I apologize. I don't know what I'm apologizing for, but between the CEO of Toyota and Tiger Woods, it just seems like the thing to do these days. Of course, nobody asked Akio Toyoda the important questions, such as:
1) If your "name is on every car," then why aren't they called "Toyodas?"
2) Did you come here on a private jet ? If so, can you give me a lift back to my constituency?
3) For a company with acceleration problems, what took you so long?
Tiger Woods answered no questions. Which means I still don't know the following:
1) Is the reason we've never seen you without a hat because you're balding?
2) You ran into a tree with your car. Are you sure it wasn't a Toyota?
3) What do you have against black or Asian women?
Those aren't the only reasons I'm dissatisfied. In the case of Toyoda, I'm feeling a little hurt that he bowed twice to the Chinese, but not to us. Particularly after our 6'2" president practically gave himself a hernia when he met the Japanese emperor. It's not so much the snub I mind; I just like bowing because it's more hygenic than shaking hands.
But there was something underhanded about the U.S. Congress, which is a majority shareholder in General Motors, using its authority to trash talk a competitor. When Rep. Elijah Cummings, D-Md., asked why Americans "should pay hard-earned money on a Toyota in hard economic times," I expected him to turn to the camera and add, "When you could buy a Buick!"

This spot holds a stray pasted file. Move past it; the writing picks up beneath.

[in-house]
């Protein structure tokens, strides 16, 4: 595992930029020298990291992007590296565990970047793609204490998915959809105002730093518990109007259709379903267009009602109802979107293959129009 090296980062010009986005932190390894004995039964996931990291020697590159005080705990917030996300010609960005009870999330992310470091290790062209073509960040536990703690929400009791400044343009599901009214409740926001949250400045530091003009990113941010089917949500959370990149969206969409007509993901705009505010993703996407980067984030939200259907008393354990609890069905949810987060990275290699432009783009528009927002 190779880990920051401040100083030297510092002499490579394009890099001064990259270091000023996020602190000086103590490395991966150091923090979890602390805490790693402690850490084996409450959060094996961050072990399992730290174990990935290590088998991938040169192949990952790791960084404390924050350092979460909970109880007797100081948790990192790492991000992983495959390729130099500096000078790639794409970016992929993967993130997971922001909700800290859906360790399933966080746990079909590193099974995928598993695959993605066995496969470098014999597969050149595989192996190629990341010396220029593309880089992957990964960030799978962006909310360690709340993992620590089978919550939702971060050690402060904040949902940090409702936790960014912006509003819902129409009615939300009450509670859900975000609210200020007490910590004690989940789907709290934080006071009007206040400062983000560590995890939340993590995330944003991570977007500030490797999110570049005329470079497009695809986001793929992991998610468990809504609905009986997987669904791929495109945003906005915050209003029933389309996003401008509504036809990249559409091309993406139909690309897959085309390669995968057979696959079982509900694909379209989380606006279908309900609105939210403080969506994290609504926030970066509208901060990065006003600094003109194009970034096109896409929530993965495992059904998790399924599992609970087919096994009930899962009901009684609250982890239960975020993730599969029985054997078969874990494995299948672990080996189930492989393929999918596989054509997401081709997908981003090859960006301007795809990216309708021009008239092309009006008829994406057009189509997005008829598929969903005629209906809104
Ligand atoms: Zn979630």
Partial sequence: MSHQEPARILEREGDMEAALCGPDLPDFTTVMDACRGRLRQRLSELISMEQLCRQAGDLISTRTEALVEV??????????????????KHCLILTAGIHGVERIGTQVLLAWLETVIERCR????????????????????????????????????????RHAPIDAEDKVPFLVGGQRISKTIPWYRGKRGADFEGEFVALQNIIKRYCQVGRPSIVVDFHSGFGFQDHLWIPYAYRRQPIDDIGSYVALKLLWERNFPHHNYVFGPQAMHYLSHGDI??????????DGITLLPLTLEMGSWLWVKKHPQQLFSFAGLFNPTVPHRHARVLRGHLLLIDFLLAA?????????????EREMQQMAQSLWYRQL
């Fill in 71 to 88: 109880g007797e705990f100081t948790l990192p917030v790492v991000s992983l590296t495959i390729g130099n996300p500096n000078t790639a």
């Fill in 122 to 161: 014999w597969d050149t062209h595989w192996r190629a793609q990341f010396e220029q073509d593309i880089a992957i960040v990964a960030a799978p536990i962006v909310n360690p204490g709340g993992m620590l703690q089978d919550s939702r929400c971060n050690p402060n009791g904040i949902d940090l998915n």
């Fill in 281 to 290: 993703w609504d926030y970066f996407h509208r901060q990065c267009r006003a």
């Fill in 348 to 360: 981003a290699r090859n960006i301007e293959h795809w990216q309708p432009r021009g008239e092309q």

Naturally, Toyoda's apology didn't get as much attention as Tiger's, which is yet another sign of the coming apocalypse. At the risk of stating the obvious, none of Tiger Woods' cars killed anyone. Tiger Woods hits a ball with a stick for a living; had he hit his wife with a stick, he'd need to apologize. He's an athlete, not the pope (who, by the way, took no action for the church's real sexual sins in Ireland).
Tiger said he's subject to the same rules as everyone else, but what's the point of being a superstar if you can't enjoy the perks? The only people who need to apologize are Nike and the media for having kept their Tiger in a cage all these years, building him up as a paragon of virtue.
With both Tiger and Toyoda, it all comes down to money. Their businesses are damaged, and that requires damage control. If remorse really had anything to do with it, then so-called Justice Department attorney John Yoo would feel compelled to apologize for sanctioning torture instead of getting exonerated.
So forget it, I take my apology back. We're at war. If I apologize, the terrorists have won.
And that, my friends, is The Upside.
Introduction to Value Investing
Are you the next Warren Buffett?View Course »